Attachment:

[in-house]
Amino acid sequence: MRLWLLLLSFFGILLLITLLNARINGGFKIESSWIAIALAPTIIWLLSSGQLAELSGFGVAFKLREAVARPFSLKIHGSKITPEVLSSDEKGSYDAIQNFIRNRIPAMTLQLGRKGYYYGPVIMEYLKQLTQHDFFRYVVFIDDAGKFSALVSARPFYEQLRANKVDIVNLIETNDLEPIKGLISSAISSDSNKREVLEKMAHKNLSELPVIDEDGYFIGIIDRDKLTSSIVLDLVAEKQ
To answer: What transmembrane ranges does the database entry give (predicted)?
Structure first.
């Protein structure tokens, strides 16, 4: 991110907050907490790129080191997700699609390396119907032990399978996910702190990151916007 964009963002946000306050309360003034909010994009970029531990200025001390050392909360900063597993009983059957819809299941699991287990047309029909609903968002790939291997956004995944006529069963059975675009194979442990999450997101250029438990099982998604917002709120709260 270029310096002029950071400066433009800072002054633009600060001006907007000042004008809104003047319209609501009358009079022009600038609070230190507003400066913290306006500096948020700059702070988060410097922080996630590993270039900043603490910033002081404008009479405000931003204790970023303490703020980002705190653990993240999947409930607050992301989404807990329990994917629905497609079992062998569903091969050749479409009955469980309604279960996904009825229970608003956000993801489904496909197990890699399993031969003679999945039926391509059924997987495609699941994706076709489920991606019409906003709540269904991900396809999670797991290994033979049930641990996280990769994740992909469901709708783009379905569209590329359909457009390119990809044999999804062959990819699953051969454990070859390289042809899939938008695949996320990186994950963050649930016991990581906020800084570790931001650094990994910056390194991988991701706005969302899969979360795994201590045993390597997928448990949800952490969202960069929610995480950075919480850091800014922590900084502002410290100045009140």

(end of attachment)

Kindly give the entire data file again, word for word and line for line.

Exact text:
[in-house]
Amino acid sequence: MRLWLLLLSFFGILLLITLLNARINGGFKIESSWIAIALAPTIIWLLSSGQLAELSGFGVAFKLREAVARPFSLKIHGSKITPEVLSSDEKGSYDAIQNFIRNRIPAMTLQLGRKGYYYGPVIMEYLKQLTQHDFFRYVVFIDDAGKFSALVSARPFYEQLRANKVDIVNLIETNDLEPIKGLISSAISSDSNKREVLEKMAHKNLSELPVIDEDGYFIGIIDRDKLTSSIVLDLVAEKQ
To answer: What transmembrane ranges does the database entry give (predicted)?
Structure first.
């Protein structure tokens, strides 16, 4: 991110907050907490790129080191997700699609390396119907032990399978996910702190990151916007 964009963002946000306050309360003034909010994009970029531990200025001390050392909360900063597993009983059957819809299941699991287990047309029909609903968002790939291997956004995944006529069963059975675009194979442990999450997101250029438990099982998604917002709120709260 270029310096002029950071400066433009800072002054633009600060001006907007000042004008809104003047319209609501009358009079022009600038609070230190507003400066913290306006500096948020700059702070988060410097922080996630590993270039900043603490910033002081404008009479405000931003204790970023303490703020980002705190653990993240999947409930607050992301989404807990329990994917629905497609079992062998569903091969050749479409009955469980309604279960996904009825229970608003956000993801489904496909197990890699399993031969003679999945039926391509059924997987495609699941994706076709489920991606019409906003709540269904991900396809999670797991290994033979049930641990996280990769994740992909469901709708783009379905569209590329359909457009390119990809044999999804062959990819699953051969454990070859390289042809899939938008695949996320990186994950963050649930016991990581906020800084570790931001650094990994910056390194991988991701706005969302899969979360795994201590045993390597997928448990949800952490969202960069929610995480950075919480850091800014922590900084502002410290100045009140």